Attempts have been made to purge atmosphere containing free oxygen and nitrogen from the interior of a tundish by injecting an inert gas into the tundish, one such continuous casting system being illustrated in U.S. Pat. No. 3,558,256; however, because of the size of the tundish used in modern casters, and the number and size of openings required in the conventional tundish cover, such attempts to purge the tundish generally have required an excessive amount of inert gas and have not been entirely successful. Further, in many tundishes in use today, particularly for multi-strand casters, the cover itself is formed in a number of sections having openings therethrough as for the pouring of steel from the ladle or to accommodate the insertion and manipulation of the stopper rods employed to control the flow rate from the tundish.
Dimensional tolerances in commercial continuous casting machines are such that openings in the tundish cover are necessarily substantially larger than the shroud tube or stopper rod to be inserted therethrough. Unavoidable spacing or cracks between adjacent tundish cover sections and between the cover sections and the top of the tundish, and the opening in the sidewall for a dumping spout provide additional openings to the interior of the tundish. Attempts to purge such prior art covered tundishes have therefore been only marginally effective.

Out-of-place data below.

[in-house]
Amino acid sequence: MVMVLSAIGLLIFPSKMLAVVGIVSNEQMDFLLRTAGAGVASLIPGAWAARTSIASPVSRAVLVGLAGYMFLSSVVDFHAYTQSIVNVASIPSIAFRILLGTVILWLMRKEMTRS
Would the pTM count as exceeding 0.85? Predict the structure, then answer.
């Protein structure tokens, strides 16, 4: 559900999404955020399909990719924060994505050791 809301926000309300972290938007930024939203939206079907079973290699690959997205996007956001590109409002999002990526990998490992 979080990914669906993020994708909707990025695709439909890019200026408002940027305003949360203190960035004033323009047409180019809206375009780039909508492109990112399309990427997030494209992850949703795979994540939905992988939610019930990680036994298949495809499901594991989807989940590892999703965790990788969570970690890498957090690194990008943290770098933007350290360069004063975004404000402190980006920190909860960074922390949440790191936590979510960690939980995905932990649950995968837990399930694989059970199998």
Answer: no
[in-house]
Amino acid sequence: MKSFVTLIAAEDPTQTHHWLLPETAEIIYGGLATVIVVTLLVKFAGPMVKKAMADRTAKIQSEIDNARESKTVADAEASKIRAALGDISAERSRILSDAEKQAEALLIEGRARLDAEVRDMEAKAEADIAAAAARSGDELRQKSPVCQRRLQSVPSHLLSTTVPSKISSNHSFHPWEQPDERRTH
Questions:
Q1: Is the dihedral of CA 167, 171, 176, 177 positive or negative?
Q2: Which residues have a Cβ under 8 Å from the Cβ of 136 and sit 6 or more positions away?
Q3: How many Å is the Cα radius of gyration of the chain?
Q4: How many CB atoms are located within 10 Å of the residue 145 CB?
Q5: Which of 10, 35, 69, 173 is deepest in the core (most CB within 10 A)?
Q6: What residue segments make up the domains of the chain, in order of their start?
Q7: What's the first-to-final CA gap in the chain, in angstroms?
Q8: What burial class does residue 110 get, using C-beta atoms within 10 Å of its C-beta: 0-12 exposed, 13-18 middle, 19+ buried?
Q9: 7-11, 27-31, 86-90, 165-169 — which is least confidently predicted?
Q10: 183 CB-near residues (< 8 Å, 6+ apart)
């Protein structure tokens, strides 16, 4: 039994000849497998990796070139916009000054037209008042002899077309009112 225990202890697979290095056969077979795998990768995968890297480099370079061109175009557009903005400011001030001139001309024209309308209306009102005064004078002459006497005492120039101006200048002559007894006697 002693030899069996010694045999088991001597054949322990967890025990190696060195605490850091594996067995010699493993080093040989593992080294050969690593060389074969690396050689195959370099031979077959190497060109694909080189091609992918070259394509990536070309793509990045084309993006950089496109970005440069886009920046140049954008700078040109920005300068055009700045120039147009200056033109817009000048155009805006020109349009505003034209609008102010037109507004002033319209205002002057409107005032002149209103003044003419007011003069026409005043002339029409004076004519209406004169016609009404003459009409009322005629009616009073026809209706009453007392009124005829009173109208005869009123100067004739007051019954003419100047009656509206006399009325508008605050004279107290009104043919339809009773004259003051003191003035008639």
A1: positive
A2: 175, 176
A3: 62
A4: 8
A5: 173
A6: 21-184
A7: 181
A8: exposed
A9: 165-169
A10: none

U.S. Pat. No. 5,368,208 discloses a further attempt to shield air from molten metal in a continuous casting facility and illustrates, in the drawings, a large opening into the tundish in the form of a pouring or dumping spout. No attempt is made to seal the top of the tundish beneath the cover.
U.S. Pat. No. 3,459,346 discloses a molten metal pouring spout employed between a ladle and a tundish and illustrates the pouring spout projecting downwardly through the cover on the tundish. FIG. 1 illustrates the spout extending through the opening in the tundish cover with substantial clearance as is considered necessary in such operations.
It is, accordingly, a primary object of the present invention is to provide an improved seal between the open top of the tundish and the rigid tundish cover to substantially eliminate the ingress of atmospheric air into the tundish by maintaining a positive purging gas pressure in the tundish during the casting operation.
Another object is to provide such a tundish seal which enables efficient and economical purging and pressurizing of the tundish space with an inert gas to effectively eliminate free oxygen and nitrogen from the tundish prior to and during the casting operation.